NMRC Issues N10bn Bond to Boost Industry Liquidity


November 3, 2020

by CSL Research

Image Credit: linkedin.com

A Business Day report says the Nigeria Mortgage Refinance Company (NMRC) has cconcluded a N10 billion 7.20% Series 3 Fixed Rate Bond to boost funding for affordable mortgage. According to the report, the net proceeds of the exercise will be used to refinance eligible mortgage loans originated by the participating mortgage lending banks. NMRC boss  Kehinde Ogundimu noted that the bond issuance would result in a substantial decrease in mortgage interest rate and would translate to some cost reduction for the real estate developers who usually borrow short term at a high cost to fund long-term projects. The 2020 Bond issuance comes under the company’s NMRC N440bn Medium Term Note Programme and follows its 2018 N11 billion 13.80%  Series 2 Bond and its very first N8bn 14.9% Series 1 Bond issued in 2015.

Data on housing in Nigeria is sparse. However, it is common knowledge that Nigeria has a huge housing deficit. The high cost of mortgage lending, the relatively short tenure of mortgage loans, and bureaucracy related to land acquisition are major hindrances to the development of the mortgage market. The NMRC is a public private partnership with strong private sector participation which includes commercial banks, primary mortgage banks, private equity investors and international finance institutions notably the World Bank and the IFC with a mandate of promoting the availability and affordability of housing to Nigerians.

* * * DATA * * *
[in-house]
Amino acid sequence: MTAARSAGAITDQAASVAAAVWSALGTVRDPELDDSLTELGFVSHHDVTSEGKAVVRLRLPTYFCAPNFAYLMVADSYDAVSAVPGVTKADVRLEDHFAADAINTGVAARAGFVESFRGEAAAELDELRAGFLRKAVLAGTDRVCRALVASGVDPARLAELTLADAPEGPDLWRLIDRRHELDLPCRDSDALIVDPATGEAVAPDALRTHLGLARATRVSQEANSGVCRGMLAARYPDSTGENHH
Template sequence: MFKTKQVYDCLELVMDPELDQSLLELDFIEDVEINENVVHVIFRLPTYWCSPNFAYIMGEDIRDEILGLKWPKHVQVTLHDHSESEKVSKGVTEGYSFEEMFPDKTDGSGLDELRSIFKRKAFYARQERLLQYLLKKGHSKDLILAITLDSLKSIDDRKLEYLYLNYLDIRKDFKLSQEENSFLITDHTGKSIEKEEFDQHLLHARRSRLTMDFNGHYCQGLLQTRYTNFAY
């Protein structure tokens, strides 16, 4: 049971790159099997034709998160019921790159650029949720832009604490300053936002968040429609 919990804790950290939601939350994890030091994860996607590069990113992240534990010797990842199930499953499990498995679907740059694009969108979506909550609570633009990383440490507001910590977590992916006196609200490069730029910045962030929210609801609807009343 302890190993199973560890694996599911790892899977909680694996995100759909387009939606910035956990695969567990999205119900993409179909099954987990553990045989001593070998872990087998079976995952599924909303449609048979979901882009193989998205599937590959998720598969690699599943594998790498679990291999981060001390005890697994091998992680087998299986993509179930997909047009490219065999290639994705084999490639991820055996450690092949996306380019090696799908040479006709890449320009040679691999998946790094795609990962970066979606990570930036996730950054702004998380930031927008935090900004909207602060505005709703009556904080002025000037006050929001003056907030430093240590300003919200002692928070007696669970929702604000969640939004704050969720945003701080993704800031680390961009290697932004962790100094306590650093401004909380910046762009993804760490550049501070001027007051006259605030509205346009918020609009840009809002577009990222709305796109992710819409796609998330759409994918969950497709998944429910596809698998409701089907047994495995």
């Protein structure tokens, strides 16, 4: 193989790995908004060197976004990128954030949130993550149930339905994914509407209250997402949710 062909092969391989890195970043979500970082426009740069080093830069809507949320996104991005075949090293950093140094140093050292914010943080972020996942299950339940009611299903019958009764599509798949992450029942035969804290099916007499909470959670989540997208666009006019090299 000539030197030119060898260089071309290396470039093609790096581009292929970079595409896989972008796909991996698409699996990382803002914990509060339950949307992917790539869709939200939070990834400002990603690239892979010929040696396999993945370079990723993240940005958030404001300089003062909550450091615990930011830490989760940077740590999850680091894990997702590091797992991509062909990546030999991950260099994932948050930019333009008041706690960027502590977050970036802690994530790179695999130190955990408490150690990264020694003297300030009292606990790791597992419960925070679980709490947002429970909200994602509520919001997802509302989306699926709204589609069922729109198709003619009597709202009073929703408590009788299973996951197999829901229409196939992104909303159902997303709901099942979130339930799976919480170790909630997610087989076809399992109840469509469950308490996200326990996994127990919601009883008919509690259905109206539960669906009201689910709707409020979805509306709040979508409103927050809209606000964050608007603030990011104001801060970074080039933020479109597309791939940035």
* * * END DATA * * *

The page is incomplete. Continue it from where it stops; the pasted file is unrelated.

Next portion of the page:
The National Housing Fund (NHF) was established in 1992 by the NHF Act to mobilise funds for the provision of affordable residential houses. Under the Act, employers deduct 2.5% of the monthly basic salary of all employees and remit this to the FMBN. The FMBN manages the NHF and disburses funds to accredited Primary Mortgage Institutions (PMIs) for on-lending to contributors to the scheme, who can borrow to build, purchase or renovate existing homes. NHF loans attract a minimal interest rate of 6.0% and a longer tenor than retail mortgage loans from banks, which typically attract double digit interest rates and a tenor of between 5-7 years. Like most schemes managed by public institutions in Nigeria, however, accessing the NHF loans hasn’t been seamless.

Whilst we laud the NMR’s efforts to boost liquidity in the real estate industry, we note that the impact of COVID-19 on the finances of consumers in Nigeria has been very significant with many people losing jobs and others taking steep pay cuts. Thus, we expect new home acquisitions to become less of a priority. In addition, we expect corporate demand to wane with many businesses struggling with cashflow problems. This is added to the fact that legacy issues such as elevated cost of building materials, Land acquisition difficulties etc. still remain major stumbling blocks to growth in the real estate sector.

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